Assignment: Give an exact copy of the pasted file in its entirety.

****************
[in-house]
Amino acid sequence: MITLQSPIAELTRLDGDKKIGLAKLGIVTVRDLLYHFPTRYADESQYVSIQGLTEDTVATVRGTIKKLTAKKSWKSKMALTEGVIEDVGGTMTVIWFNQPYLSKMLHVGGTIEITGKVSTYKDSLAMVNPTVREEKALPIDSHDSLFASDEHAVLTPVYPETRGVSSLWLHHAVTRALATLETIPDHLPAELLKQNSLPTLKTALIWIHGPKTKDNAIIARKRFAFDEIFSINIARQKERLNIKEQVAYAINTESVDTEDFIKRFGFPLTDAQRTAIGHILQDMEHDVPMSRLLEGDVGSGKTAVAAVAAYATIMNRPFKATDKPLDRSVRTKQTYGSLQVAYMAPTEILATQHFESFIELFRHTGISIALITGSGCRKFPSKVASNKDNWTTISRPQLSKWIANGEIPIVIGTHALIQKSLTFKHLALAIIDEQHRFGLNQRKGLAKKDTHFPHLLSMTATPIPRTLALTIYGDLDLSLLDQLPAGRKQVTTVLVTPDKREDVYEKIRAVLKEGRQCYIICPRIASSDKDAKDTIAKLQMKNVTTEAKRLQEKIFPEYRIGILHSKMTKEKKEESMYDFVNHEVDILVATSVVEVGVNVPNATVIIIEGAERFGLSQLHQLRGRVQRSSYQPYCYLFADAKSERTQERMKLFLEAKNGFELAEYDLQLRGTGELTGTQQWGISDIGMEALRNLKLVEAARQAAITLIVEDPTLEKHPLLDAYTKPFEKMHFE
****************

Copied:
[in-house]
Amino acid sequence: MITLQSPIAELTRLDGDKKIGLAKLGIVTVRDLLYHFPTRYADESQYVSIQGLTEDTVATVRGTIKKLTAKKSWKSKMALTEGVIEDVGGTMTVIWFNQPYLSKMLHVGGTIEITGKVSTYKDSLAMVNPTVREEKALPIDSHDSLFASDEHAVLTPVYPETRGVSSLWLHHAVTRALATLETIPDHLPAELLKQNSLPTLKTALIWIHGPKTKDNAIIARKRFAFDEIFSINIARQKERLNIKEQVAYAINTESVDTEDFIKRFGFPLTDAQRTAIGHILQDMEHDVPMSRLLEGDVGSGKTAVAAVAAYATIMNRPFKATDKPLDRSVRTKQTYGSLQVAYMAPTEILATQHFESFIELFRHTGISIALITGSGCRKFPSKVASNKDNWTTISRPQLSKWIANGEIPIVIGTHALIQKSLTFKHLALAIIDEQHRFGLNQRKGLAKKDTHFPHLLSMTATPIPRTLALTIYGDLDLSLLDQLPAGRKQVTTVLVTPDKREDVYEKIRAVLKEGRQCYIICPRIASSDKDAKDTIAKLQMKNVTTEAKRLQEKIFPEYRIGILHSKMTKEKKEESMYDFVNHEVDILVATSVVEVGVNVPNATVIIIEGAERFGLSQLHQLRGRVQRSSYQPYCYLFADAKSERTQERMKLFLEAKNGFELAEYDLQLRGTGELTGTQQWGISDIGMEALRNLKLVEAARQAAITLIVEDPTLEKHPLLDAYTKPFEKMHFE